It would take 18 months to wind Promart down. I had done my duty as a civil servant to lay out its final trajectory and had learned some lessons in management. I was relieved that we had been able help the staff find their feet either in retirement or new jobs. I was suffering neither guilt nor regret when I viewed the Department’s list for vacant assignments abroad and saw the job of political counsellor to the Canadian high commission in Pretoria was available. It was time to get out into the field. After having made the pitch for the job and being accepted, what followed were several months of briefings organized by the geographic desk and a steady stream of readings on the history and politics of South Africa. I was more than ready for this new assignment. I’d spent years working for the Department at headquarters. Now I would find out what it was like to work for Canada abroad.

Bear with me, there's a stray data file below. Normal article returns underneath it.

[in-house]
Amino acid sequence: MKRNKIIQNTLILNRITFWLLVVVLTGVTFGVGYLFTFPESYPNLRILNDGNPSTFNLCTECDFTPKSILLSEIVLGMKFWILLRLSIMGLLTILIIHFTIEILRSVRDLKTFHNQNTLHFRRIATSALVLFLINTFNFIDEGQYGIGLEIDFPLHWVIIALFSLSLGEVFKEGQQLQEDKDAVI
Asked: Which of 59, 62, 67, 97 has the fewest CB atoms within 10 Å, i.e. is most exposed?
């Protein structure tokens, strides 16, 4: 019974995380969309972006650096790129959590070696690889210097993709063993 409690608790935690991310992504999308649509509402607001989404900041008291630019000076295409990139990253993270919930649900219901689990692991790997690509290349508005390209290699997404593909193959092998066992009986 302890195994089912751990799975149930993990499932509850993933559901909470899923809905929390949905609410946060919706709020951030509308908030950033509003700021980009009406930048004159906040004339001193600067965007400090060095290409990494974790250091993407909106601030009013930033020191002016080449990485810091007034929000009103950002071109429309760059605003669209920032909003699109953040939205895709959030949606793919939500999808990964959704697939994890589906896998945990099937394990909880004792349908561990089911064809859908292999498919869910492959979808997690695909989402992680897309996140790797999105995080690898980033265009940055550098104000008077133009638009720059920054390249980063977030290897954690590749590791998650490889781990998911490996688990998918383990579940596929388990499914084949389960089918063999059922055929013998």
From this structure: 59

Cited in Canada’s Department of External Affairs, Volume III, Innovation and Adaptation 1968 – 1984 by John Hilliker, Mary Halloran and Greg Donaghy; University of Toronto Press, 2017, p. 196. ↑
Savoie, Donald, Whatever Happened to the Music Teacher? How Government Decides and Why, McGill-Queen’s University Press, 2013, p. 148 ↑
ibid. p. 138 ↑
Ibid. p.150 ↑
Paul Wells, The Longer I’m Prime Minister: Stephen Harper and Canada, 2006 –, Random House Canada, 2013, p. 169 ↑